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Saturday, September 30, 2023


Financial aid needs reform, SGA says

The Student Government Association passed legislation on Wednesday to establish a financial aid advisory committee and a financial aid resolution aimed at helping students with unresolved issues with the Office of Scholarships and Financial Aid.

"This is the first step in helping to alleviate some of the problems that we experience with financial aid," SGA Vice President Sam Dike said.

The bill requests that UH establish a financial aid advisory committee run by faculty, staff and students that will advise the Office of Scholarships and Financial Aid. The committee will evaluate policies and procedures and notify students of changes. No date has been set for committee appointments.

"Hopefully we’ll get a lot of support from students around campus and faculty and staff. People are getting frustrated (with financial aid), and hopefully this will help students understand better what goes on," Liberal Arts and Social Sciences Senator Aleah Al-Sad said. "The better communication there is, the less problems there will be for the University as a whole."

The resolution calls for 20 cents of every dollar raised through the University’s capital campaign to be "allocated to financial aid for the students on this campus," it reads.

Now that both pieces of legislation have been passed by the SGA, they will go on to University administration for further review.

Psychology professor Richard Kasschau attended the meeting and was allowed five minutes to address the senate and additional time to answer questions from the SGA regarding allegations of self-serving textbook practices.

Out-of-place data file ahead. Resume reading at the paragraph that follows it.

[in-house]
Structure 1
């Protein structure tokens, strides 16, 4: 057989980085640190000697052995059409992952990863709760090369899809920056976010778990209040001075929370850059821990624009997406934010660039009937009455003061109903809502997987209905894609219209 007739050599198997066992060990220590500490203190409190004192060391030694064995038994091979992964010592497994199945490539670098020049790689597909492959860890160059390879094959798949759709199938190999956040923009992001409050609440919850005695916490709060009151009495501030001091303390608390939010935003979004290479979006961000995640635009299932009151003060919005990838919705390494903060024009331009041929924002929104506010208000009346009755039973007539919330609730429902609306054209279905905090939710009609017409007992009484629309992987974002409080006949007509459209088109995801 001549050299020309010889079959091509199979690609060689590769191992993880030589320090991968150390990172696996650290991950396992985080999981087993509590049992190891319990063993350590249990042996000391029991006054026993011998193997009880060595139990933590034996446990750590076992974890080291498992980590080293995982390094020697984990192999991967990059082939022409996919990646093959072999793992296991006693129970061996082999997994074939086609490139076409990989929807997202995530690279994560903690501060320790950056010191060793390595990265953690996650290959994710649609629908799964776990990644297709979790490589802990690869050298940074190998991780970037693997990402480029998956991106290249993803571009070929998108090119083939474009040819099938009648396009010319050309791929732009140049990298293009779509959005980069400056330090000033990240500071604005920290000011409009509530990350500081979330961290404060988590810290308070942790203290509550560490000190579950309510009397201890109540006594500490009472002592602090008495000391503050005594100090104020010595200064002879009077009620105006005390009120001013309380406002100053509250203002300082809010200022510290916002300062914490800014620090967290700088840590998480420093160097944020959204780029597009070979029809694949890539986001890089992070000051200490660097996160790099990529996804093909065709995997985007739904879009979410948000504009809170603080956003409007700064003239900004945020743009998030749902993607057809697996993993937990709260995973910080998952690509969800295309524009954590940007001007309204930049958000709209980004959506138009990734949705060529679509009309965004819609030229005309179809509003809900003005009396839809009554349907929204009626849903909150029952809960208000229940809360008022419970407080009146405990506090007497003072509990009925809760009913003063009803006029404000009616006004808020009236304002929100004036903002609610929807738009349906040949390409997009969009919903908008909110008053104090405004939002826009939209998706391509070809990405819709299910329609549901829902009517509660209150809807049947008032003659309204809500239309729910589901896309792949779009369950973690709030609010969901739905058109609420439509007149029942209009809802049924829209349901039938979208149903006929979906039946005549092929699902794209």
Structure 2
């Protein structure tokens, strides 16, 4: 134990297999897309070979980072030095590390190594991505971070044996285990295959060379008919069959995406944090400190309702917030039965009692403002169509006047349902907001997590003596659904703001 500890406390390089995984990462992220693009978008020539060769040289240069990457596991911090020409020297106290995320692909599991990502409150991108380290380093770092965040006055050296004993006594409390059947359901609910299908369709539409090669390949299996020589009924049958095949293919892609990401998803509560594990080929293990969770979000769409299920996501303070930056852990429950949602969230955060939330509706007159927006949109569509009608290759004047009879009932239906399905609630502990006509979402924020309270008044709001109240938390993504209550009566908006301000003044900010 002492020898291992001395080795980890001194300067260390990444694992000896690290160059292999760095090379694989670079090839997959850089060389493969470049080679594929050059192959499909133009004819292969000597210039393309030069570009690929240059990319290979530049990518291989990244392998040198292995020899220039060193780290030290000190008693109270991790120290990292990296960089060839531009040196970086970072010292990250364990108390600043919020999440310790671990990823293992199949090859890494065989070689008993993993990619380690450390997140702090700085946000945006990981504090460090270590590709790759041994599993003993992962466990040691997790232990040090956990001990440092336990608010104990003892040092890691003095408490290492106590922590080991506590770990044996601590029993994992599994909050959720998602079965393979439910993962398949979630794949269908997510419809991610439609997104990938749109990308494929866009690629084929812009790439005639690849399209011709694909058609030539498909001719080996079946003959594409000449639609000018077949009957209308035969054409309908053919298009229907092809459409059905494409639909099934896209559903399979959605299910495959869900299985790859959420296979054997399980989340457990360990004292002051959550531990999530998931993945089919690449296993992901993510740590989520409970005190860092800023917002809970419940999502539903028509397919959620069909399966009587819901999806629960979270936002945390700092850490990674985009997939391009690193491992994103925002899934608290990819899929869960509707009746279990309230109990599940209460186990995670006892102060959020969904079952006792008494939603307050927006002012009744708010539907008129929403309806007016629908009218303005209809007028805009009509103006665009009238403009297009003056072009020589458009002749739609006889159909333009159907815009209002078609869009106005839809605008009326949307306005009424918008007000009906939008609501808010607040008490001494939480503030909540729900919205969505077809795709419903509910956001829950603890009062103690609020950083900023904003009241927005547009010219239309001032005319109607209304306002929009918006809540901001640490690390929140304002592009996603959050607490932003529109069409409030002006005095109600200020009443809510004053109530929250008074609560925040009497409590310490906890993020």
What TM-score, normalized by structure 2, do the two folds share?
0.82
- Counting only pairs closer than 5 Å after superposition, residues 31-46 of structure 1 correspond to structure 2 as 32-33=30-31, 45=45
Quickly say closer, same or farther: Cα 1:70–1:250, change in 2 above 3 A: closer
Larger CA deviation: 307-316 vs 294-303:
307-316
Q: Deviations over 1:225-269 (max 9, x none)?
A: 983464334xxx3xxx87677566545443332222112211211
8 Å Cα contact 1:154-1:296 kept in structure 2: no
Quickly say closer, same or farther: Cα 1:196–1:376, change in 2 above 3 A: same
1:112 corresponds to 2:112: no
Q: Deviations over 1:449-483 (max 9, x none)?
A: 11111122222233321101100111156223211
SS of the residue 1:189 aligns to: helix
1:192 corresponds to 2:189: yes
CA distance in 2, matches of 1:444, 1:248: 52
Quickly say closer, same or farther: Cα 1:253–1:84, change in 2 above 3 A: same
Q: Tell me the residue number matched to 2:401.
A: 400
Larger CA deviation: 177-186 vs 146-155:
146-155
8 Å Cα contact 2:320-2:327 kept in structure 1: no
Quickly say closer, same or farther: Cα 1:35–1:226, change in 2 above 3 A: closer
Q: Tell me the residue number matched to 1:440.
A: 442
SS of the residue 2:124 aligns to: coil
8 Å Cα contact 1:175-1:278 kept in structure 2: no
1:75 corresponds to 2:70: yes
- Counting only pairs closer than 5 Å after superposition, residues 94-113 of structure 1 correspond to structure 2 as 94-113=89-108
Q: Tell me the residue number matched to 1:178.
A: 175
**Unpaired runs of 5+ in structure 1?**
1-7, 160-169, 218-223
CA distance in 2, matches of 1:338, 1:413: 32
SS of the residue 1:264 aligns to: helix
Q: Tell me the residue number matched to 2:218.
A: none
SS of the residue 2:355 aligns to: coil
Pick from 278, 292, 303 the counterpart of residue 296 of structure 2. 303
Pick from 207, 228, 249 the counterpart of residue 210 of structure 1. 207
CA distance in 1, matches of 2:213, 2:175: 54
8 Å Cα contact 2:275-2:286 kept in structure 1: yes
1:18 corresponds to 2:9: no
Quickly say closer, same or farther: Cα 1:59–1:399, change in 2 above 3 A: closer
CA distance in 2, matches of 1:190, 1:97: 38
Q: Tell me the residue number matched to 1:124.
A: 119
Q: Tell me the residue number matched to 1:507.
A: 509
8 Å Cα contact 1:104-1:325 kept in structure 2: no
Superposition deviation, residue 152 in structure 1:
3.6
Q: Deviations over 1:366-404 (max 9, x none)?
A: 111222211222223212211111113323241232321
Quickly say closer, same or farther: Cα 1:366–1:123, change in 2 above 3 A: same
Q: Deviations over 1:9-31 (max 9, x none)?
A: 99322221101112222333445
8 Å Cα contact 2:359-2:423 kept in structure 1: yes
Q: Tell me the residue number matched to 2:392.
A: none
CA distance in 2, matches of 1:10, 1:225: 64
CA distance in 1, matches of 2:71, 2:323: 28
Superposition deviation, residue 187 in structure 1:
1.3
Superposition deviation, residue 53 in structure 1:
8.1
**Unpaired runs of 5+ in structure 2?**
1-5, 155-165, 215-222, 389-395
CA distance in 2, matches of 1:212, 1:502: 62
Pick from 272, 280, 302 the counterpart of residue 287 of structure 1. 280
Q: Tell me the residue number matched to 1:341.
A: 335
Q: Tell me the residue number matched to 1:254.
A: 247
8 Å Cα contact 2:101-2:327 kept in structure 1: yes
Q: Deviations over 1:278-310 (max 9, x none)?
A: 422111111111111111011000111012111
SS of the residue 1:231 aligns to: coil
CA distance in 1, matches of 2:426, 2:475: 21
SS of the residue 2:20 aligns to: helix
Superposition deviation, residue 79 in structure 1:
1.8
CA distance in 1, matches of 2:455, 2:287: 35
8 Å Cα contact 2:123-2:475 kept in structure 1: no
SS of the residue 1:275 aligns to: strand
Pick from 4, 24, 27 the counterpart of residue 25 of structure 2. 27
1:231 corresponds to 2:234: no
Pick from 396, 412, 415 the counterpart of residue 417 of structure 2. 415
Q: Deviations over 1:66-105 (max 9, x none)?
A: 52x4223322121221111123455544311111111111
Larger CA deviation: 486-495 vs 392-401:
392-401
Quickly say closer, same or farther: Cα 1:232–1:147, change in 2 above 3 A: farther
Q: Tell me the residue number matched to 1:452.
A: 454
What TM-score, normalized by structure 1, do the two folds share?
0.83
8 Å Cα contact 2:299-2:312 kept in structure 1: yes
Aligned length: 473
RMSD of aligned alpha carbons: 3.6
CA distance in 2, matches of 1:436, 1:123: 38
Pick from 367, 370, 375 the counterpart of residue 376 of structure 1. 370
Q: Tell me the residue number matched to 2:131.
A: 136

Kasschau cited a statement by co-founder Roger D. Ray as evidence he has no financial stake in the Web site, which is where his online textbook is located.

Kasschau said the online textbook is required because it helps students understand the material better. He also said that students do not buy their grades.

"You purchase the text, you cannot buy the questions or the answers. You are not buying your grade. As in any other class, you’re expected to buy the book with which to educate yourself. My book happens to include a built-in control system that helps you master the material and a testing system to document the level at which you’ve mastered it. You’re buying an education," Kasschau said.

When asked about using WebCT for the online text, Kasschau said it is too sophisticated for the Web site. He also said he was willing to look into the option of using the UH Center for Academic Support and Assessment Web site to offer quizzes.

Kasschau said the reason the cost was so high was because of the publisher, not because he has any stake or claim in the Web site.

The Web site used for the online text allows students to be tutored and quizzed individually, and optimized to prevent students from cheating, Kasschau said. The online quizzes time individual questions for 30 seconds to help minimize any dishonest actions.

"The system actually teaches you two things: it’s teaching people to read and secondly, it’s teaching mastery of psychology," Kasschau said when SGA President David Rosen asked if the online text and the quizzes could be separated.

"The purpose of the questions is to be able to master the material," Kasschau said.

Rosen said he did not want to make the textbook issue personal.

"This is not about personalities, this is a discussion of policies and it must not get personal. We’re not tossing insults. This needs to be sharing of ideas. We will not resort from the student government to the practice of name-calling, " Rosen said.

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